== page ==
Honey alerts online shoppers to potential deals like coupon codes on products they are viewing, as well as offers comparative pricing, sales alerts and price history charts in the hopes of letting users know when they’re getting ripped off. It also has a rewards program, Honey Gold.
The eye-popping $US4 ($6) billion for a plugin, reportedly mostly in cash, makes a little more sense when considering that Honey claims to have 17 million monthly active users and the possibility of pushing its technology towards PayPal and its subsidiary Venmo’s 300 million users. Honey itself says its plugin functions on 30,000 e-commerce sites and told TechCrunch that it has saved those 17 million shoppers over 2 billion.
According to TechCrunch, PayPal could also use Honey’s data on shoppers to cut in on the deals game (as opposed to simply competing with other payment providers ranging from banks to Apple Pay) and help integrate it with what PayPal says is its network of 24 million users.
Honey is profitable and had revenue of north of $US100 ($147) million in 2018 on just $US32 ($47) million in funding, though the $US4 ($6) billion figure would still place it as one of the biggest tech acquisitions of 2019 in a market already flooded with sky-high valuations.
“Honey is amongst the most transformative acquisitions in PayPal’s history. It provides a broad portfolio of services to simplify the consumer shopping experience, while at the same time making it more affordable and rewarding,” PayPal CEO Dan Schulman told TechCrunch in a statement. “… The combination of Honey and PayPal adds another significant and meaningful dimension to our two-sided platform.”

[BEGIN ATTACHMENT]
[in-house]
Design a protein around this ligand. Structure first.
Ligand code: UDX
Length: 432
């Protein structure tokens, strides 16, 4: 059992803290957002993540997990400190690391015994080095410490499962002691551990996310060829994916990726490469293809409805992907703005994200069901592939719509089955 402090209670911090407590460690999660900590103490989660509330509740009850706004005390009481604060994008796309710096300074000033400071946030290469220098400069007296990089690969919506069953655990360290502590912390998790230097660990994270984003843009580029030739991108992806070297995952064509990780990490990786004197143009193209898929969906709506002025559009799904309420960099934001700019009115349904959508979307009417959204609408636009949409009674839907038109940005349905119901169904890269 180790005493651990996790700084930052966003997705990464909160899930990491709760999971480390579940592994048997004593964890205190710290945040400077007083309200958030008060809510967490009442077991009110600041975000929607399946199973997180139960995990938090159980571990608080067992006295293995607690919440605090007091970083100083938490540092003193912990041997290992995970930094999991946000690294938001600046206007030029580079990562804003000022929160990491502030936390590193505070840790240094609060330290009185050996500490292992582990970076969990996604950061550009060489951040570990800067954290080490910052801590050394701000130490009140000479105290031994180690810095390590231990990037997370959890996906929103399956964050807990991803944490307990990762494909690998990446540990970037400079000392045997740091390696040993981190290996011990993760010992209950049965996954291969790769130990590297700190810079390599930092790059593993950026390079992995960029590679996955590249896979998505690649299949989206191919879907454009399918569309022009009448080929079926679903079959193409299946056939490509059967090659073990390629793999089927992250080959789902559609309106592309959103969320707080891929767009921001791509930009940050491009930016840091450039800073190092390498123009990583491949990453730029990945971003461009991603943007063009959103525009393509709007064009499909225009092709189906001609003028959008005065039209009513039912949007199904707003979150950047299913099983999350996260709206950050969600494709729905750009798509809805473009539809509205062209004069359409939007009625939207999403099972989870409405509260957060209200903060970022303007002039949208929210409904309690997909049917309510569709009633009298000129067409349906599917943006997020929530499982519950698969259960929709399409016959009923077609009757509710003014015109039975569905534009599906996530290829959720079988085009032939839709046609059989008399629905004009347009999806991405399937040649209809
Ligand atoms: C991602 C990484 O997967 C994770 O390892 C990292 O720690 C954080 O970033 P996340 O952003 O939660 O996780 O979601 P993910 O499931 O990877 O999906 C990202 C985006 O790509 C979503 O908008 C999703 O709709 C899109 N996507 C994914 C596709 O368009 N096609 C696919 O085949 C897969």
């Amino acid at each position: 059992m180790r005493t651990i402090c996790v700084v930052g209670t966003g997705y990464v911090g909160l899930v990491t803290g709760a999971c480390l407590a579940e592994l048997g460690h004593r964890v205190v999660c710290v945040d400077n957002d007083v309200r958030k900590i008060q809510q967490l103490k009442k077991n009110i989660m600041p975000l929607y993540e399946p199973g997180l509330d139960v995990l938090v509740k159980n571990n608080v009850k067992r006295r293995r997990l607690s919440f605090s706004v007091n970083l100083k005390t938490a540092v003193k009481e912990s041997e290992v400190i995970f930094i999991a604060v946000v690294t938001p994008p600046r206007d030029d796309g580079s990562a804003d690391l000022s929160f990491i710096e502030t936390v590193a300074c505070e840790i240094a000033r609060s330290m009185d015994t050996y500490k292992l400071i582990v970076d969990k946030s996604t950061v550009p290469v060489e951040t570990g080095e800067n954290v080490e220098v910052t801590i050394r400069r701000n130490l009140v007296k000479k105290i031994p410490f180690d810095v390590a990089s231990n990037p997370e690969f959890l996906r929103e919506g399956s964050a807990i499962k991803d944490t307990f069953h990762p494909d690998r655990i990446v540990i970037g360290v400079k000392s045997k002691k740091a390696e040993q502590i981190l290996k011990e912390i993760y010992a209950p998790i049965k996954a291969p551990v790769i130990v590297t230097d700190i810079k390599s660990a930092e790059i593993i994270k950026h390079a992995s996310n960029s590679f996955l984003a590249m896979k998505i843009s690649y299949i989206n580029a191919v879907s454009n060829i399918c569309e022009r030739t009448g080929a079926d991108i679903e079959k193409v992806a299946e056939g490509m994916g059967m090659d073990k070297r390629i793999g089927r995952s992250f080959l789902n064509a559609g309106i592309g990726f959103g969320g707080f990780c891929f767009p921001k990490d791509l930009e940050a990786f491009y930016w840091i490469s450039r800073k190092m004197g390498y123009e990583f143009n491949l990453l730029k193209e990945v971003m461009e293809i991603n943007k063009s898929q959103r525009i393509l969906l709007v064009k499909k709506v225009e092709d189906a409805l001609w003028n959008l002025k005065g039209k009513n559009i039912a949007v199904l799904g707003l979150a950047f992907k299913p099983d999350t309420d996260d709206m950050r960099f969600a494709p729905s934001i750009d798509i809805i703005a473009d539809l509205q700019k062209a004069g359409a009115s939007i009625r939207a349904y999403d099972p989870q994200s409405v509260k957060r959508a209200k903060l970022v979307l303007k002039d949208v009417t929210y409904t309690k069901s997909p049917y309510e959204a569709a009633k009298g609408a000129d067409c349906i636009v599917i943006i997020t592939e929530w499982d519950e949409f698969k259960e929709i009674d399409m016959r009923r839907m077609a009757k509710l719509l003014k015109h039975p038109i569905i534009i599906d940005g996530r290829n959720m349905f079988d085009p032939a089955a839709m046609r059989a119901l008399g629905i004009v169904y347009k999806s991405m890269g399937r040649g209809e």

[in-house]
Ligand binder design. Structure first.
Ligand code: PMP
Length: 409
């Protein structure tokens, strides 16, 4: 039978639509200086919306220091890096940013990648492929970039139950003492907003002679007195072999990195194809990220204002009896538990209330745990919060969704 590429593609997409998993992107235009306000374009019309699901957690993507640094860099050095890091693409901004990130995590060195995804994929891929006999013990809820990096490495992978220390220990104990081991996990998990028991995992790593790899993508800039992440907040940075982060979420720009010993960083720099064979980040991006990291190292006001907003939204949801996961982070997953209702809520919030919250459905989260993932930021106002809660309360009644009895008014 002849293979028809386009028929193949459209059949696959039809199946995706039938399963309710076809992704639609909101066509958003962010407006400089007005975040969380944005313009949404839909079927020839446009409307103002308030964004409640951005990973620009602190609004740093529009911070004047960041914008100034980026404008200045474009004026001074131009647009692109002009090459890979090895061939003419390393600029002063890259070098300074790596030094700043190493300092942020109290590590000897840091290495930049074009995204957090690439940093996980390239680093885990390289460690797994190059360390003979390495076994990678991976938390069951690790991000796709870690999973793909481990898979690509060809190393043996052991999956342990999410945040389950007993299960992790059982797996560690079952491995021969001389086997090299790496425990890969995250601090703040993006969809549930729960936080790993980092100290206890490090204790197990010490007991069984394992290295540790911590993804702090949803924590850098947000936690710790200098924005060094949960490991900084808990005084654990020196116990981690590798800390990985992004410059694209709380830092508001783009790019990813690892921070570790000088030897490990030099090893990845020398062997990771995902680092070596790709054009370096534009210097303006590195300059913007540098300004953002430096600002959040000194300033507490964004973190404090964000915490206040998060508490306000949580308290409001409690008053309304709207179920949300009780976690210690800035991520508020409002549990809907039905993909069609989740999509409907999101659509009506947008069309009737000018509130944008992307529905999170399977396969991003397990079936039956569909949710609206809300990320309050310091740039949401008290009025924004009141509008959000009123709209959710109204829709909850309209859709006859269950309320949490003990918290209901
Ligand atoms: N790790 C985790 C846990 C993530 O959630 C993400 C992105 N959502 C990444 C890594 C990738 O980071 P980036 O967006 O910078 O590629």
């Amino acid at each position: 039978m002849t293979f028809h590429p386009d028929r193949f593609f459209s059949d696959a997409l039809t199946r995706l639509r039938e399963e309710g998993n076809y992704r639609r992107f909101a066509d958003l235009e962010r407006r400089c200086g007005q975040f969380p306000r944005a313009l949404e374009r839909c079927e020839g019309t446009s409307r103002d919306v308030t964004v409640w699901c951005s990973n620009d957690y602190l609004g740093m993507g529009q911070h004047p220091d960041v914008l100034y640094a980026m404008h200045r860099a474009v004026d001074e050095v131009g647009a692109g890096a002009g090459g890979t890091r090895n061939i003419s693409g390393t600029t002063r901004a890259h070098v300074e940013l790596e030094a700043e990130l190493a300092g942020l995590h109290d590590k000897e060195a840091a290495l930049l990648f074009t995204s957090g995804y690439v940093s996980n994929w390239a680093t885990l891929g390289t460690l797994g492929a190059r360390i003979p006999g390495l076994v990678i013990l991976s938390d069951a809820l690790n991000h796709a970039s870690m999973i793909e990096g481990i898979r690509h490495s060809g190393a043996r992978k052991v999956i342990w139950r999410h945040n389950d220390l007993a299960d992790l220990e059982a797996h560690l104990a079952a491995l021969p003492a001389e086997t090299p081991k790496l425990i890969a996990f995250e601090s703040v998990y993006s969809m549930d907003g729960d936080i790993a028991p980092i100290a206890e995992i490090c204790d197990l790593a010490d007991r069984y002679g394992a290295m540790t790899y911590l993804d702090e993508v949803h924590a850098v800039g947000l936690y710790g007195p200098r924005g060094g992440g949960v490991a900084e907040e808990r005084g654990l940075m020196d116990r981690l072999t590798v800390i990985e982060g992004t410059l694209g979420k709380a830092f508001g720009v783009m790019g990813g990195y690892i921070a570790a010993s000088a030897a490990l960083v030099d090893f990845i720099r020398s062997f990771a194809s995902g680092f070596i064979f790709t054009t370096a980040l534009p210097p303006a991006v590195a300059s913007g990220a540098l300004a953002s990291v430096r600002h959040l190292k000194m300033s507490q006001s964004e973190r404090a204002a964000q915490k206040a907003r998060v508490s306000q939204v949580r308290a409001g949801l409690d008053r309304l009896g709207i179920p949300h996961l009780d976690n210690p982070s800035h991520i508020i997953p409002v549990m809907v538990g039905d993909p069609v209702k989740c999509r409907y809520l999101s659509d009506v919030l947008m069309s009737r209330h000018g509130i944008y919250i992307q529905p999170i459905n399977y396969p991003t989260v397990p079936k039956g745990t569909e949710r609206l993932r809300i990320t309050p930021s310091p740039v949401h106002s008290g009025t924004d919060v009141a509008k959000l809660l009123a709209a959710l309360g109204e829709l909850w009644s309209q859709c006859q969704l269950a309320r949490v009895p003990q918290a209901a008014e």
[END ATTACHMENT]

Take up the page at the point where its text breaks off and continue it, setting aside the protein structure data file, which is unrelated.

PayPal has been bullish lately, with Schulman pointing to better-than-expected Q3 2019 numbers and strong spending by its customers to downplay talk of a near-term recession.
While acknowledging that issues like Brexit, the U.S.-China trade war, and the ongoing impeachment proceedings against Donald Trump could “break any one of number of different ways,” CNBC reported, Schulman said in a recent interview that “From our perspective, we see a pretty strong secular growth. People have been predicting a recession for some time, but we’re not seeing it in any of our numbers.”
(According to the Wall Street Journal, almost 64 per cent of economists polled for its Economic Forecasting Survey expect a recession to strike by the end of 2021.)
In the past few weeks, PayPal has also been in the news for waging what amounts to open war on sex workers, refusing this month to process payments for an estimated 100,000+ models working through PornHub. In a statement to Motherboard, PayPal said that they had discovered the porn mega-site had “made certain business payments… without seeking our permission.”
PayPal also recently bailed on Facebook’s Libra cryptocurrency project amid intense backlash from global finance regulators and legislators concerned that allowing a Facebook-led consortium to set up a planet-spanning payments network could destabilise the world financial system.